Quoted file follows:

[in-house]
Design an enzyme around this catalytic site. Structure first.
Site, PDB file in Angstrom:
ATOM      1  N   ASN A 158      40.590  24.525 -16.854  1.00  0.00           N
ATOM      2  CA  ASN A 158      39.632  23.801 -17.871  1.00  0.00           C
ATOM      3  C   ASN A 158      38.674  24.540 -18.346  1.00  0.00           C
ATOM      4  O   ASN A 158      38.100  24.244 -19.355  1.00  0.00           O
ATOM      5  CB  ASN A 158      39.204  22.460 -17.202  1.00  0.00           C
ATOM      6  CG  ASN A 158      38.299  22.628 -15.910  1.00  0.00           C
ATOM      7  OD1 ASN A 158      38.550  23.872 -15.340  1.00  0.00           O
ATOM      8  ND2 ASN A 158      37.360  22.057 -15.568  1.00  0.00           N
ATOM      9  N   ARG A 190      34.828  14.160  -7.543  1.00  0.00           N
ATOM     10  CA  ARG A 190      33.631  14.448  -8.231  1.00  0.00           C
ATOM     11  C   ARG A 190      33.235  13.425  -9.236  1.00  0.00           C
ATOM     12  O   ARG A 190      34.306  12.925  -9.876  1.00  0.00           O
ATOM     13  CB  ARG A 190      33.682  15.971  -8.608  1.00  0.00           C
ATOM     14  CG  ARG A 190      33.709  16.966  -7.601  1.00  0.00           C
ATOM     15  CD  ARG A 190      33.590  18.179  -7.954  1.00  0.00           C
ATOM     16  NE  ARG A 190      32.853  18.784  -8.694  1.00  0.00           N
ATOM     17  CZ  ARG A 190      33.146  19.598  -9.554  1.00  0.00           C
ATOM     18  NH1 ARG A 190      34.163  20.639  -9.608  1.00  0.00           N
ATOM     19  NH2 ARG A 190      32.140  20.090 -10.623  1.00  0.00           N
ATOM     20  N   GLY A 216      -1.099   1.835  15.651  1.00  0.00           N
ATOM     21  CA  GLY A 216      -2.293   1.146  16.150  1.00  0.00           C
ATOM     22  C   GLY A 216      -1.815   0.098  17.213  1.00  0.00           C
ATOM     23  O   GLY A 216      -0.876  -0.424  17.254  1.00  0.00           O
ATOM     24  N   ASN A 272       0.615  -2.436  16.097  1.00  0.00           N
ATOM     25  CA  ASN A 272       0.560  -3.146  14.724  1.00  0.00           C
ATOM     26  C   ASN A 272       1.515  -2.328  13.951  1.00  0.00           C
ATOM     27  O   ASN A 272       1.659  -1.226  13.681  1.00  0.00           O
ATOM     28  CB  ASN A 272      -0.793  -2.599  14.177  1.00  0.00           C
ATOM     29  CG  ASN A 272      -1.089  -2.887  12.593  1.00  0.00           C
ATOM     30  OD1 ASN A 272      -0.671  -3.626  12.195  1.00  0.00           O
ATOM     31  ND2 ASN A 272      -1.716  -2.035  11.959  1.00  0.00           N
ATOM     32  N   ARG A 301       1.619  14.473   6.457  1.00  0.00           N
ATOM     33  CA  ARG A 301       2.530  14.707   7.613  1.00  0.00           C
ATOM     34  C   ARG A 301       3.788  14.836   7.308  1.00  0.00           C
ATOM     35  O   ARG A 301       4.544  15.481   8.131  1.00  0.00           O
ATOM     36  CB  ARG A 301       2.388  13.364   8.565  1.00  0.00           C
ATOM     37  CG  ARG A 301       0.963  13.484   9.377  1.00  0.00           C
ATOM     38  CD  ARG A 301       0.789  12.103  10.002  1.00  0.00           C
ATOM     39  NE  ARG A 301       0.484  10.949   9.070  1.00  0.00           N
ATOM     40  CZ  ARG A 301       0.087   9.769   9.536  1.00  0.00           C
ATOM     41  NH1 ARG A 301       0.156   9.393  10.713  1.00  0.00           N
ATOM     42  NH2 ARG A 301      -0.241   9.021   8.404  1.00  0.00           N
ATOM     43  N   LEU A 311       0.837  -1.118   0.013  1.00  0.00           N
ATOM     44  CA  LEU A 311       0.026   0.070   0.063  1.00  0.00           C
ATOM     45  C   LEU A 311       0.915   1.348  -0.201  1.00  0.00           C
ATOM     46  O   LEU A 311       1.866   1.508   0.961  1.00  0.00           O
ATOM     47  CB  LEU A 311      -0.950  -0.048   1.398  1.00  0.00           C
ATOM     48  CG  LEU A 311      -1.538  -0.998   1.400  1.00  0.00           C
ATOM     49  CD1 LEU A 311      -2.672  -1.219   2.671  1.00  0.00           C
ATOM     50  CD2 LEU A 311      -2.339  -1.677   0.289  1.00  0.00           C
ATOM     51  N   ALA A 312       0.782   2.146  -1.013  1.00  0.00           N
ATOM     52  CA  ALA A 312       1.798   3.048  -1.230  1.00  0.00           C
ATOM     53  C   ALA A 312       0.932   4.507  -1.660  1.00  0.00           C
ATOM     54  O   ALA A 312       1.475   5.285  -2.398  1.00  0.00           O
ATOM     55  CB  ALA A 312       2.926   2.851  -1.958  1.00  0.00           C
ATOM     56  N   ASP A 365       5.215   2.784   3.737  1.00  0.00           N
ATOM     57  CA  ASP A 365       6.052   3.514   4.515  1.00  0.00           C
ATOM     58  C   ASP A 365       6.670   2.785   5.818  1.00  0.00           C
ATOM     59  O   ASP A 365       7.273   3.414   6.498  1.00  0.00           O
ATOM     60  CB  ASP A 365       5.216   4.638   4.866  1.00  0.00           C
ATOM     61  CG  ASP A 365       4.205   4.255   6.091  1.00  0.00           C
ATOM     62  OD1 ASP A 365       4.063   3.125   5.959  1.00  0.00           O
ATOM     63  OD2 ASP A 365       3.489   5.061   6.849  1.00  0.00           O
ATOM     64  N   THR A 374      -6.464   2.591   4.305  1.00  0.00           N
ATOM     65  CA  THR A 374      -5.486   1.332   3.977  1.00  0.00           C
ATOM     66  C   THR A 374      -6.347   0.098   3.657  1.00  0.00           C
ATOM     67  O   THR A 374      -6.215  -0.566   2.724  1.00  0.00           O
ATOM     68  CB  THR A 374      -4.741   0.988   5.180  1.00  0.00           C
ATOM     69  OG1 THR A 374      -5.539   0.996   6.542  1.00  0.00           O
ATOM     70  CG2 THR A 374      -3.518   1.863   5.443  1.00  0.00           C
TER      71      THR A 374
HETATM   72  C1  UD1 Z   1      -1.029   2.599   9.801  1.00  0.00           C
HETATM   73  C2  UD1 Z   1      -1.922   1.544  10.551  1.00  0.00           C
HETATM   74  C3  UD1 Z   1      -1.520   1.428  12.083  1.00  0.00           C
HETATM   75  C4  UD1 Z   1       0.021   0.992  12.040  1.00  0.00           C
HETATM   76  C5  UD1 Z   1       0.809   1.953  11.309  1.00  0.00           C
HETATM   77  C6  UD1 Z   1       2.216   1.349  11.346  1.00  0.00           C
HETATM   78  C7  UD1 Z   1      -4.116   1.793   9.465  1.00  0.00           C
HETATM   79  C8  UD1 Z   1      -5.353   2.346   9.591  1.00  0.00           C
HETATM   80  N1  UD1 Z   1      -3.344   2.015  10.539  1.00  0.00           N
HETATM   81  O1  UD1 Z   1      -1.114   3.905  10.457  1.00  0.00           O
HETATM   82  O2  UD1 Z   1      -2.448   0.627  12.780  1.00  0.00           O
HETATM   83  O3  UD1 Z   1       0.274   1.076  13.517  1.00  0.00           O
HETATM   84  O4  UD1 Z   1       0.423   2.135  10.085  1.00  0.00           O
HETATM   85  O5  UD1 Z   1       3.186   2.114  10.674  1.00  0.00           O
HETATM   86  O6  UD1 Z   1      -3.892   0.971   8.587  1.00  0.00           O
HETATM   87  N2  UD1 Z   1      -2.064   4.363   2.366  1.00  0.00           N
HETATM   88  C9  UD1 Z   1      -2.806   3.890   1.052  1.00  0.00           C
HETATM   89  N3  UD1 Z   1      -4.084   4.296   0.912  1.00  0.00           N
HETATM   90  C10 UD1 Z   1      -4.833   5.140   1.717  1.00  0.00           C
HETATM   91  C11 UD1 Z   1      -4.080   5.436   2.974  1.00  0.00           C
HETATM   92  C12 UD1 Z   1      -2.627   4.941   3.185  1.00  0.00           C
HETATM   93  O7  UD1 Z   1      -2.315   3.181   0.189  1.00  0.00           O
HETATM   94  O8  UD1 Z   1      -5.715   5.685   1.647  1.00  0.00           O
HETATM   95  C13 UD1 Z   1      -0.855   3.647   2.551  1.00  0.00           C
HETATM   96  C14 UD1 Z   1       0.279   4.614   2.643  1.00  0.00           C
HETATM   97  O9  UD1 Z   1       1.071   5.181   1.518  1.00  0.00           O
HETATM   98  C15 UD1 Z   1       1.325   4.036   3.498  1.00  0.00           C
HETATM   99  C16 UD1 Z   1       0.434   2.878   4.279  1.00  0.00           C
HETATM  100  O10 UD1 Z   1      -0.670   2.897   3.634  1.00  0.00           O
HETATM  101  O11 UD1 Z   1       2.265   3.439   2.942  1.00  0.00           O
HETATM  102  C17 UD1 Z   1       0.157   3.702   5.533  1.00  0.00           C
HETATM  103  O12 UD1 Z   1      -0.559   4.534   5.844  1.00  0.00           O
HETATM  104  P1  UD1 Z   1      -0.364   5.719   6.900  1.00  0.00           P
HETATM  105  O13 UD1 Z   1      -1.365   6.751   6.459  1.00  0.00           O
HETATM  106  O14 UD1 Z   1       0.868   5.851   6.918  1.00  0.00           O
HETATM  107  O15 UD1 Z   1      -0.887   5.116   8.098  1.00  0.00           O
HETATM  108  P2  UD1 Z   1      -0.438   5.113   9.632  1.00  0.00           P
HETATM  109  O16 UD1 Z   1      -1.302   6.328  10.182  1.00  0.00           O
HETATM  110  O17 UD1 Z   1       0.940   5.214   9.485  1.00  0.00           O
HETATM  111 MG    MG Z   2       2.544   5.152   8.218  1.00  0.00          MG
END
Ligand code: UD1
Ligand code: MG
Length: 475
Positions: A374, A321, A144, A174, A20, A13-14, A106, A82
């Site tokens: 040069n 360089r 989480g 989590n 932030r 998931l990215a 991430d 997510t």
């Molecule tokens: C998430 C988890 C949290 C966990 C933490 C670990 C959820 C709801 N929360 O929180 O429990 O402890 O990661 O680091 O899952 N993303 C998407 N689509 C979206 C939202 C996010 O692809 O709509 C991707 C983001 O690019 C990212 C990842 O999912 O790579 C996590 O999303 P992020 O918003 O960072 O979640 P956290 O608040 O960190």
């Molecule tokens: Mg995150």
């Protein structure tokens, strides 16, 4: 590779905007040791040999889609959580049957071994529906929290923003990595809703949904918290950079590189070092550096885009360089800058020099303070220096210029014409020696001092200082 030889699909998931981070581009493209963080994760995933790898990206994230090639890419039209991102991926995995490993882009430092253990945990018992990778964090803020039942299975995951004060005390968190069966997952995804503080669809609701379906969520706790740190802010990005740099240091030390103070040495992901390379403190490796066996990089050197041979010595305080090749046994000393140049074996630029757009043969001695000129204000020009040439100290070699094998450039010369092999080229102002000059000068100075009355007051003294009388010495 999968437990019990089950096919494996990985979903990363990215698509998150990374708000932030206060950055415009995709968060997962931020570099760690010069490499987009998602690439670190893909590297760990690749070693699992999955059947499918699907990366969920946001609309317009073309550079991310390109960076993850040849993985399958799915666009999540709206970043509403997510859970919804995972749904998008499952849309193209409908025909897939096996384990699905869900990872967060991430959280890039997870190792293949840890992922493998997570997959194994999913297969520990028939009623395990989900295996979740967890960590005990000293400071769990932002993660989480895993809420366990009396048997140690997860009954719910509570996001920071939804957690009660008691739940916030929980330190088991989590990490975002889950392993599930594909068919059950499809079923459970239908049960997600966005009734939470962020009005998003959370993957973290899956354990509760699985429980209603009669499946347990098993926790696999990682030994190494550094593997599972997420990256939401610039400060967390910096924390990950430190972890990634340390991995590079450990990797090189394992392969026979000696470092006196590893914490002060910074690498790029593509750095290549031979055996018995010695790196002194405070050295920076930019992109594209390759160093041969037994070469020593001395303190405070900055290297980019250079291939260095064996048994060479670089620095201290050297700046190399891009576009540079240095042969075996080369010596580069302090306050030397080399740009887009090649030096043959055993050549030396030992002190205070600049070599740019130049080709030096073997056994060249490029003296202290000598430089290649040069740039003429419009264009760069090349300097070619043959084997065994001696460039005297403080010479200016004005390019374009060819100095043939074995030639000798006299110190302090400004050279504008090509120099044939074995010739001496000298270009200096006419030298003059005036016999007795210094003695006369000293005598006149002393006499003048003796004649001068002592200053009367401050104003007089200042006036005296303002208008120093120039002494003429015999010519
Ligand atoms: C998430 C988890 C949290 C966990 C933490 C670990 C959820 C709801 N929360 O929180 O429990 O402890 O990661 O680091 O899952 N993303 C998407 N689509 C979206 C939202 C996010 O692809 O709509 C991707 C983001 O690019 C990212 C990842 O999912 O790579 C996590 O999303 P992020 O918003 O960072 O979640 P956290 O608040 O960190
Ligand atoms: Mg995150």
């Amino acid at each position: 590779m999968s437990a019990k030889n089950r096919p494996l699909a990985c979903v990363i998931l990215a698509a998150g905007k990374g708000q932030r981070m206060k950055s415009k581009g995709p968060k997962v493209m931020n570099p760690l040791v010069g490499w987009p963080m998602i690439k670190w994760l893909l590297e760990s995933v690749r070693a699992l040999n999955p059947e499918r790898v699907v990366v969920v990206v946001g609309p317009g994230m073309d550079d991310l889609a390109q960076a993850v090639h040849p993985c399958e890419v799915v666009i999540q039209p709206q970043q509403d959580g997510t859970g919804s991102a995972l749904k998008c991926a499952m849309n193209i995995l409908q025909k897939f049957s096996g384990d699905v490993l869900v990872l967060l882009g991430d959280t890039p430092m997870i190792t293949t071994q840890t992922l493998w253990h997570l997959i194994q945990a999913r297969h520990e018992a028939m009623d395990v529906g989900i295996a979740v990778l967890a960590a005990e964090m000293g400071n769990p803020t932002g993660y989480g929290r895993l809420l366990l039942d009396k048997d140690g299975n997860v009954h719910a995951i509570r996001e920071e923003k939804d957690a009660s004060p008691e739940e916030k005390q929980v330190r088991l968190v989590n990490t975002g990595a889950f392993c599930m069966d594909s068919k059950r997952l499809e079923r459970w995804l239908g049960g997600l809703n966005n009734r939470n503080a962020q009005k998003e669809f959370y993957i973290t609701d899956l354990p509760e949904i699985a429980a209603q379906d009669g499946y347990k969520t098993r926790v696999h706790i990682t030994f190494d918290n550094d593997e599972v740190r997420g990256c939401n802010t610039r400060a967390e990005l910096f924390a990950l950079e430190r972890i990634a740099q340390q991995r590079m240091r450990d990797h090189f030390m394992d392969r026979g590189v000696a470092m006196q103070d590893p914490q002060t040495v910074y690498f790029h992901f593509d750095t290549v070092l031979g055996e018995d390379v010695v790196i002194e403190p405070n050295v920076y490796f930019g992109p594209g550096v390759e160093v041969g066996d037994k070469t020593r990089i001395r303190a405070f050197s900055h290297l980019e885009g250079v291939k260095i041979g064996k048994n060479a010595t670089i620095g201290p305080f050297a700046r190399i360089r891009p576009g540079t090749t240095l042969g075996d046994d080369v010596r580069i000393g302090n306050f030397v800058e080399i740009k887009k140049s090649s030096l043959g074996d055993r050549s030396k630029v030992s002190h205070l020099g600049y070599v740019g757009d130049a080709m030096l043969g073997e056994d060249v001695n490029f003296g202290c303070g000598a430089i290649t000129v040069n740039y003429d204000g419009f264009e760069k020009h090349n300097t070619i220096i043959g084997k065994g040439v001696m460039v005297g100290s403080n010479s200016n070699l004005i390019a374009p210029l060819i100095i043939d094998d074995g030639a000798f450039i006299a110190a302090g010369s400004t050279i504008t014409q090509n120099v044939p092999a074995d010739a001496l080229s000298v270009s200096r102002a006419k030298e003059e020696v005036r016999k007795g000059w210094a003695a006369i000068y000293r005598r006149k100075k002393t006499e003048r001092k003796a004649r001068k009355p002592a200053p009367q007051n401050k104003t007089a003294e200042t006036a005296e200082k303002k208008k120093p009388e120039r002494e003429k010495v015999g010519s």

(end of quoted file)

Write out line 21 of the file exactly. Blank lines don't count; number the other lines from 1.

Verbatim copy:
ATOM     18  NH1 ARG A 190      34.163  20.639  -9.608  1.00  0.00           N